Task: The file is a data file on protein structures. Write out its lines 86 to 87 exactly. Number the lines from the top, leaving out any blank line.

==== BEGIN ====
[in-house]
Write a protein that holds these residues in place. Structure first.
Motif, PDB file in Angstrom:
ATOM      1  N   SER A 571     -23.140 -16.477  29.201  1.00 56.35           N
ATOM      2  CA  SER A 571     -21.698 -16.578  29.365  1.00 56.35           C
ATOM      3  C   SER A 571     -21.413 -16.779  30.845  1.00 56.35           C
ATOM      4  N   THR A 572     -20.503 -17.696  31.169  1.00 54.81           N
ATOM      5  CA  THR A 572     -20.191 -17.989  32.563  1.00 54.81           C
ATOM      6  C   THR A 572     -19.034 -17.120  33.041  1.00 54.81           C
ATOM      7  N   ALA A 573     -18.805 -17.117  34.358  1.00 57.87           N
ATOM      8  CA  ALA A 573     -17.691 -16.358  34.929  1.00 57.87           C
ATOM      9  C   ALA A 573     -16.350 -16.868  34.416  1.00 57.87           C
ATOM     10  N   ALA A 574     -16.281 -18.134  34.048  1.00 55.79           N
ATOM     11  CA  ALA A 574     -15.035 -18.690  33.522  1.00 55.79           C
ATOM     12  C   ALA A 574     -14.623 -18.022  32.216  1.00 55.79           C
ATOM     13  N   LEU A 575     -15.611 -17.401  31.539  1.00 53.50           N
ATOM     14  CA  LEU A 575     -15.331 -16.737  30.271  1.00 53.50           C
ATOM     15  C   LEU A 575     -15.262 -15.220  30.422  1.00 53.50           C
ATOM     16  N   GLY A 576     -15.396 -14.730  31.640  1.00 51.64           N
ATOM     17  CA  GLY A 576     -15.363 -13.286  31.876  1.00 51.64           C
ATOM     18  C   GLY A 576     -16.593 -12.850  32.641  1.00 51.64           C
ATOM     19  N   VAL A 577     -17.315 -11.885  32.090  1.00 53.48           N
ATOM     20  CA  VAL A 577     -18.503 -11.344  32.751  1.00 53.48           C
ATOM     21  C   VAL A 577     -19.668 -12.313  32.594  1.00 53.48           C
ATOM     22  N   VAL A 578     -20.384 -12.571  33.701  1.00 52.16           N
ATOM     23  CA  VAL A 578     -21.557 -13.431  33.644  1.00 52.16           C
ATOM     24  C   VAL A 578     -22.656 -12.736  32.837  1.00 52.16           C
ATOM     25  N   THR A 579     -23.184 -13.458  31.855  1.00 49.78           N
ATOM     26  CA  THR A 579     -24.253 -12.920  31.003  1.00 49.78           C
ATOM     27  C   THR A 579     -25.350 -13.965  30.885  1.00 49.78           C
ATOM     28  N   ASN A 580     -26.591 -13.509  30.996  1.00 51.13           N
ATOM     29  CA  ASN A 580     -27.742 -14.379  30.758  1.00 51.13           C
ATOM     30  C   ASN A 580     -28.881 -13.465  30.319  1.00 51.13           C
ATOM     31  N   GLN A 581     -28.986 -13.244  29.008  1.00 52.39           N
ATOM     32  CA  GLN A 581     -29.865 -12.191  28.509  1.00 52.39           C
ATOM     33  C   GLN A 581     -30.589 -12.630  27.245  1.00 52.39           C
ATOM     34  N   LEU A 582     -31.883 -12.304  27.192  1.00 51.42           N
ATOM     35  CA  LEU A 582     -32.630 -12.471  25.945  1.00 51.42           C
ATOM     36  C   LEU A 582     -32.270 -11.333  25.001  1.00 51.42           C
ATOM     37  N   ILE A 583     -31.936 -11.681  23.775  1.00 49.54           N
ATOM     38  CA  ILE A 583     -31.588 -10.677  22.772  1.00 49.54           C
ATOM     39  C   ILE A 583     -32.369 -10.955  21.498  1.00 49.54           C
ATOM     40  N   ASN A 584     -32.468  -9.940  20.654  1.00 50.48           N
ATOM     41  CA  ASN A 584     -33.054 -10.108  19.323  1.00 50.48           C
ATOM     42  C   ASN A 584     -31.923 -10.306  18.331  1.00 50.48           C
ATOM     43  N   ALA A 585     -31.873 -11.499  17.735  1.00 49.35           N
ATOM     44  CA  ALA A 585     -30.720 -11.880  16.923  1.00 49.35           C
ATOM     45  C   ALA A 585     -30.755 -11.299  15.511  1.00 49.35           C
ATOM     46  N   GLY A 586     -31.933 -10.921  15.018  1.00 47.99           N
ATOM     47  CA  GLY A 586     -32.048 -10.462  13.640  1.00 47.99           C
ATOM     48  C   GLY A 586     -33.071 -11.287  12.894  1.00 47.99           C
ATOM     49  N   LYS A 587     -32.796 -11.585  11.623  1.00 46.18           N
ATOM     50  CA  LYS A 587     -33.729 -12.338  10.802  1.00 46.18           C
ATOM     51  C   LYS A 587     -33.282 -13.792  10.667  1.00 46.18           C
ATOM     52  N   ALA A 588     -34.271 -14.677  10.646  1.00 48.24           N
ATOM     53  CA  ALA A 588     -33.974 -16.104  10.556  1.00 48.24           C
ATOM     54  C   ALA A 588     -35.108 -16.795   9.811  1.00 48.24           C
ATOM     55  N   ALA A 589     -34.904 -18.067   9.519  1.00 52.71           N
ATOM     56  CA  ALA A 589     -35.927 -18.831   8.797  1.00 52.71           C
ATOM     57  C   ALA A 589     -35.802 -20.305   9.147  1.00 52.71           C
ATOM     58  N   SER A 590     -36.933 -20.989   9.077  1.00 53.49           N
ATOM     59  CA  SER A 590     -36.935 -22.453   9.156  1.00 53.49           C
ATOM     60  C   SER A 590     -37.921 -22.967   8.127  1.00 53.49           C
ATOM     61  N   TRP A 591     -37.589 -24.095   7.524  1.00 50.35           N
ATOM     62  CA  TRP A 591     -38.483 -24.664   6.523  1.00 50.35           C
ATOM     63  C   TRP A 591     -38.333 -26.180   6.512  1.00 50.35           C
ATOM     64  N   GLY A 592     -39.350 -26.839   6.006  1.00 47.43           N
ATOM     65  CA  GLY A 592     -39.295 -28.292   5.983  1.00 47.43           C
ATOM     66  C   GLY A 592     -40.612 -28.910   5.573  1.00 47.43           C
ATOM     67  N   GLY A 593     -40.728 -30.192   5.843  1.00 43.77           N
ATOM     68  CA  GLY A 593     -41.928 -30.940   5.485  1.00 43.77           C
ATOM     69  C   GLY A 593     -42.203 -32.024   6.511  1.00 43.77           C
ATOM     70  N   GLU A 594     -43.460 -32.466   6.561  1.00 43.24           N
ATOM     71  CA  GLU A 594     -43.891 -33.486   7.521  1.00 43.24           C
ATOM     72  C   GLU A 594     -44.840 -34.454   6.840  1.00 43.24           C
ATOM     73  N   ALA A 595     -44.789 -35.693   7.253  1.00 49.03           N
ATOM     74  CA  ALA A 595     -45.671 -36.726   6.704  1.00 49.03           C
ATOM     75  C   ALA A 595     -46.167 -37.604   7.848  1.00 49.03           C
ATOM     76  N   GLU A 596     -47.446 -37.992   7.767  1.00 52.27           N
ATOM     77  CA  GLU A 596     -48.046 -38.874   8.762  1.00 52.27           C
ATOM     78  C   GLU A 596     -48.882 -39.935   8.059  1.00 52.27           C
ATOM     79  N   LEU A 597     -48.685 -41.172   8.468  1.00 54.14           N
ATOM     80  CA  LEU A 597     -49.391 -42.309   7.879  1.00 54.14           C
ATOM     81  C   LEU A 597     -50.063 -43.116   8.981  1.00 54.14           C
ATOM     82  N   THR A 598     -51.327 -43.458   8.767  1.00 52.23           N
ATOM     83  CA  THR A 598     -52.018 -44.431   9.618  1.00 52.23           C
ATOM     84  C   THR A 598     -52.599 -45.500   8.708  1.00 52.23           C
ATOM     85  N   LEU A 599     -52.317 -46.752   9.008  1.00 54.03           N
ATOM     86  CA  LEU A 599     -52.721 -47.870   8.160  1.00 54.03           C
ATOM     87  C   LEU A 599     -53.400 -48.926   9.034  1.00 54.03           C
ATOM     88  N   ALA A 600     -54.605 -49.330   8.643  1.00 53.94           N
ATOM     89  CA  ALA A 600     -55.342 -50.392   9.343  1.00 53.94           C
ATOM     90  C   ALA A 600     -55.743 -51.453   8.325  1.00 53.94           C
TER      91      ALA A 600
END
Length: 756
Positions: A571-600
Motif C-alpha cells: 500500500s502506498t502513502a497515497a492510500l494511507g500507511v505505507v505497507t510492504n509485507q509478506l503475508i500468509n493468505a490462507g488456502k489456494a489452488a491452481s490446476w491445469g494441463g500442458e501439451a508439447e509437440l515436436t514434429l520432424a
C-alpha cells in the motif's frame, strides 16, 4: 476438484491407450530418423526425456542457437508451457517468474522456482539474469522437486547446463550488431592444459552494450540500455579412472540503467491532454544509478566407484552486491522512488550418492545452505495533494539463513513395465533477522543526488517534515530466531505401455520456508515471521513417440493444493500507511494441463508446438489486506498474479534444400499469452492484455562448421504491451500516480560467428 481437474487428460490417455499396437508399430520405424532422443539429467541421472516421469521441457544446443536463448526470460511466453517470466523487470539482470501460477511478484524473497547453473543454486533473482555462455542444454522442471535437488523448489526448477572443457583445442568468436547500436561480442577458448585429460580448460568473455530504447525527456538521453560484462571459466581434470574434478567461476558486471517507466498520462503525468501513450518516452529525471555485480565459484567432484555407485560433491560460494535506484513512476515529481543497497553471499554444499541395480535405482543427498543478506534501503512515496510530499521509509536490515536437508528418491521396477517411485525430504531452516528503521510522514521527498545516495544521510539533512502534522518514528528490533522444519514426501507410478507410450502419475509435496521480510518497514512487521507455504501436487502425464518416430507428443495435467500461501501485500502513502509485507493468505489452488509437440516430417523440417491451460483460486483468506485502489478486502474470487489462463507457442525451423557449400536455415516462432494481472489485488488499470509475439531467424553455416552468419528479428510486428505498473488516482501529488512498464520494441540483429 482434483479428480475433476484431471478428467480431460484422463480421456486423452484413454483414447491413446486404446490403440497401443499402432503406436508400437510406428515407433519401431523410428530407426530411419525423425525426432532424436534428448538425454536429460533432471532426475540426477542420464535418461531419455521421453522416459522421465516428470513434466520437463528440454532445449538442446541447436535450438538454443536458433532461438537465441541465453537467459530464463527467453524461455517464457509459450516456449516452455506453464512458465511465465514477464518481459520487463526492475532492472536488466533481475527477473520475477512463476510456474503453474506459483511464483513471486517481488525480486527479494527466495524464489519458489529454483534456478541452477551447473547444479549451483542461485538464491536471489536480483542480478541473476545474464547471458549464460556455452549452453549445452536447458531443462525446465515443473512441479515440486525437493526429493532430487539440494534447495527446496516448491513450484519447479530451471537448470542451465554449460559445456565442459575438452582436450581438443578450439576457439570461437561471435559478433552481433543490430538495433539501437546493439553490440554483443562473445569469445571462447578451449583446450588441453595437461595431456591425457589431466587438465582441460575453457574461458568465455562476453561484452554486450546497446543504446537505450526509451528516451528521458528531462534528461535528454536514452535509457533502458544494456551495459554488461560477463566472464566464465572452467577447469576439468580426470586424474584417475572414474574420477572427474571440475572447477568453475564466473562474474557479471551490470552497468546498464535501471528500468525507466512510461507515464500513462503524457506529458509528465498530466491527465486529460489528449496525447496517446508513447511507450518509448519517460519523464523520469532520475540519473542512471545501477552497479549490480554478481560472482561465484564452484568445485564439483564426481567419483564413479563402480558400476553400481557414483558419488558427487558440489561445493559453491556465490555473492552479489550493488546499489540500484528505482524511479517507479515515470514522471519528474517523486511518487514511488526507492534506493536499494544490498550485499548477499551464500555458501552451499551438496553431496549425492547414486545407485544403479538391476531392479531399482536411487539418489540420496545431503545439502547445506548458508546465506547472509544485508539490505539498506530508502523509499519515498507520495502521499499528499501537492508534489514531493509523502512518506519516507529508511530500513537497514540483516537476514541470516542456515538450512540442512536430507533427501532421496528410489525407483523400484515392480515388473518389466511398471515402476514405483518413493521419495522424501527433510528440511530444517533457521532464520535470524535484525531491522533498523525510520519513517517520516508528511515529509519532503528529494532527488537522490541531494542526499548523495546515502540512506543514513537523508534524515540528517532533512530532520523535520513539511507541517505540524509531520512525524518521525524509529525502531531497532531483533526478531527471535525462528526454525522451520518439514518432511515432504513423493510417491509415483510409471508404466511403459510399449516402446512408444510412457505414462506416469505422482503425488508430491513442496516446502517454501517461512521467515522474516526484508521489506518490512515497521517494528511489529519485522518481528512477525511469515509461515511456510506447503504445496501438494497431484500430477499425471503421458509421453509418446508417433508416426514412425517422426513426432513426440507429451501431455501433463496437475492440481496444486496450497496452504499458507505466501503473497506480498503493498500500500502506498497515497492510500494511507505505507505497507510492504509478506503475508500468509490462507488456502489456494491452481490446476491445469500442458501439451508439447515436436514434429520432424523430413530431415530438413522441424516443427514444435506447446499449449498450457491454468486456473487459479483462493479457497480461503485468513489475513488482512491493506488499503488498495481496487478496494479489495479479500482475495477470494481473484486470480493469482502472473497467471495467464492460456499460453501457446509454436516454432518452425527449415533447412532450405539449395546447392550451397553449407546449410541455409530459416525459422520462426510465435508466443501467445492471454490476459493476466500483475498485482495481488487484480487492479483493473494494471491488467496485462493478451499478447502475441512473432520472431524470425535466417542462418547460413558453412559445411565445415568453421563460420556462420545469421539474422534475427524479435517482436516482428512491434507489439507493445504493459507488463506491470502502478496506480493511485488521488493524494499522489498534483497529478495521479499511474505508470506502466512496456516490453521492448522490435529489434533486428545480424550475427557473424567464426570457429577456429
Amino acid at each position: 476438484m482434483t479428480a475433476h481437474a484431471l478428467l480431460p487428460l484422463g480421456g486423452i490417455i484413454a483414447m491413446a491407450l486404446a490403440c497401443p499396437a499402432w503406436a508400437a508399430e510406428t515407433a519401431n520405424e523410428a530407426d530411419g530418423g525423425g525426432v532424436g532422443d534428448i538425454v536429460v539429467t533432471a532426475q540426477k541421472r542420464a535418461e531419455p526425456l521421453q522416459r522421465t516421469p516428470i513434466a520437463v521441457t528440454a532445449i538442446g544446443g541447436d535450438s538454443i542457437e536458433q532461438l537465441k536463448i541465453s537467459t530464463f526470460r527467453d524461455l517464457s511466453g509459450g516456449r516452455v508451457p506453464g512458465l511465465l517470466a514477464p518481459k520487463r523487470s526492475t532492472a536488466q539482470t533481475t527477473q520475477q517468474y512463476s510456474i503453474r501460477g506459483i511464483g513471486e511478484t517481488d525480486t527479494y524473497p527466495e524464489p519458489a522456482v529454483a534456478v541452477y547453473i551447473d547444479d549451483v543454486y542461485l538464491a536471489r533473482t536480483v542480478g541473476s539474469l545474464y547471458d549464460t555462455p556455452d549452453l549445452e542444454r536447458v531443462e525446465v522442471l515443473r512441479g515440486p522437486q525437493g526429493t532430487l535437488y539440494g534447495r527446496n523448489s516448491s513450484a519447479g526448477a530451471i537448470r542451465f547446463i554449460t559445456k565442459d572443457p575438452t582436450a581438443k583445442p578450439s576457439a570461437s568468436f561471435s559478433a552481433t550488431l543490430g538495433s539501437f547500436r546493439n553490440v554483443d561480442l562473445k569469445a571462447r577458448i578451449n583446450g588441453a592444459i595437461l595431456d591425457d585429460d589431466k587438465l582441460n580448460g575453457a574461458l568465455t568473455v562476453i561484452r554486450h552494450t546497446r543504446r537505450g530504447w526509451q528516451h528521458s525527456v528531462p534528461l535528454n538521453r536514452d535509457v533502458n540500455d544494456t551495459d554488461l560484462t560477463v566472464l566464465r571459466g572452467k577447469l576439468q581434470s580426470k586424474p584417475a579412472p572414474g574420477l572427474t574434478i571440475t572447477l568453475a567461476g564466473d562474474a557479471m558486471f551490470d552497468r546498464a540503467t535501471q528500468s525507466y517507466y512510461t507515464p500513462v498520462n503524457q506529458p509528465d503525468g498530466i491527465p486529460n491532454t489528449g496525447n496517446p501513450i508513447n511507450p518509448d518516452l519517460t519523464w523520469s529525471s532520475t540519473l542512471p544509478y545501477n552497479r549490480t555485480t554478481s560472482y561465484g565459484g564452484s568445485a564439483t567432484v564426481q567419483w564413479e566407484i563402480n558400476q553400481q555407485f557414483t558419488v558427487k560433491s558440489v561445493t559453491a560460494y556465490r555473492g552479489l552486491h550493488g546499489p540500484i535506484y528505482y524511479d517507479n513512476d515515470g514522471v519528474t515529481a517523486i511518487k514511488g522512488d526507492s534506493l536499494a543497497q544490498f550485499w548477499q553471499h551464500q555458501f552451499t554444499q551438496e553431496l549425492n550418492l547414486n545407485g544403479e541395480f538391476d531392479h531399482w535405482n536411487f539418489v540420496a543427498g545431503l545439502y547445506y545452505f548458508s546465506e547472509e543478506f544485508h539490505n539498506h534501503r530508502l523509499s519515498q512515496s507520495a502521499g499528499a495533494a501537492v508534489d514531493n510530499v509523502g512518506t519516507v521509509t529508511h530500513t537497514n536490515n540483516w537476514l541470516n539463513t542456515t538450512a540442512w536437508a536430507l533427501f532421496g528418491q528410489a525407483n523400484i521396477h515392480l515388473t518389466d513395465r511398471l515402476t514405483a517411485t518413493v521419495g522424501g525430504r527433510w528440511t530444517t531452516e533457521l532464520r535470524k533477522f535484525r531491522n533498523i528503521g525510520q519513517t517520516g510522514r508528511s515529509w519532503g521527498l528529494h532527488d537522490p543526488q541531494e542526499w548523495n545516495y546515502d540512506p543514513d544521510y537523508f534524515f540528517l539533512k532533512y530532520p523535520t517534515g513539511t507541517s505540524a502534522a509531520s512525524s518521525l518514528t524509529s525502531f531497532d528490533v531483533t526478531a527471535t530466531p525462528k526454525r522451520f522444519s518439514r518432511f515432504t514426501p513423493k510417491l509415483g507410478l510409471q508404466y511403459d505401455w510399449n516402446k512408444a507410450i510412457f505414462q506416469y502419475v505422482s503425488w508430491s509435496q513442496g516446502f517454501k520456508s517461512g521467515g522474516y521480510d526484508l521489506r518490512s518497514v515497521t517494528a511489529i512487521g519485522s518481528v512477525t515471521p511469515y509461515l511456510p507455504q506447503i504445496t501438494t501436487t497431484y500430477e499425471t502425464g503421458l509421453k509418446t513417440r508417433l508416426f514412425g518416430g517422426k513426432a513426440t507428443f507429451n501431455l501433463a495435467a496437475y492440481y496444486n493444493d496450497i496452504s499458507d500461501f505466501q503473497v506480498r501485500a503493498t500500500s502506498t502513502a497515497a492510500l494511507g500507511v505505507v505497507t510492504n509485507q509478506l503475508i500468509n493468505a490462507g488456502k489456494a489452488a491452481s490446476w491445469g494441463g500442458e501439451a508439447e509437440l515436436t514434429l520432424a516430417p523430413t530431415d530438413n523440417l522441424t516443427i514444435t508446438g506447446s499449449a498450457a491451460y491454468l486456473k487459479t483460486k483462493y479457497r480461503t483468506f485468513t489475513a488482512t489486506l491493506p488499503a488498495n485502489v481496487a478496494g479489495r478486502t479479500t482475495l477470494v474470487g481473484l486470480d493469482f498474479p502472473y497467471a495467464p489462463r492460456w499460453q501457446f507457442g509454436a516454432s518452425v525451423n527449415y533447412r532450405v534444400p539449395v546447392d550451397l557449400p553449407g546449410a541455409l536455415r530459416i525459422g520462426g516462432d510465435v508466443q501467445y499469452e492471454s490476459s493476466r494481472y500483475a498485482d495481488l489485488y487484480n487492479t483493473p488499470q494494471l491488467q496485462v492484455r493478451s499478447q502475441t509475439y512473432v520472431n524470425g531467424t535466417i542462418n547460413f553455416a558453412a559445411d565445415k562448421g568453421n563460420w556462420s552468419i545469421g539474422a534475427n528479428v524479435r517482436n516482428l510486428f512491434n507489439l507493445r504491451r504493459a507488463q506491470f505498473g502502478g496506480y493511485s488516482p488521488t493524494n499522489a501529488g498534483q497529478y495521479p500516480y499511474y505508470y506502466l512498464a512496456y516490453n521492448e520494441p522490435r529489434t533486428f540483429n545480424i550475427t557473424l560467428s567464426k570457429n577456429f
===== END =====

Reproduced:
ATOM     83  CA  THR A 598     -52.018 -44.431   9.618  1.00 52.23           C
ATOM     84  C   THR A 598     -52.599 -45.500   8.708  1.00 52.23           C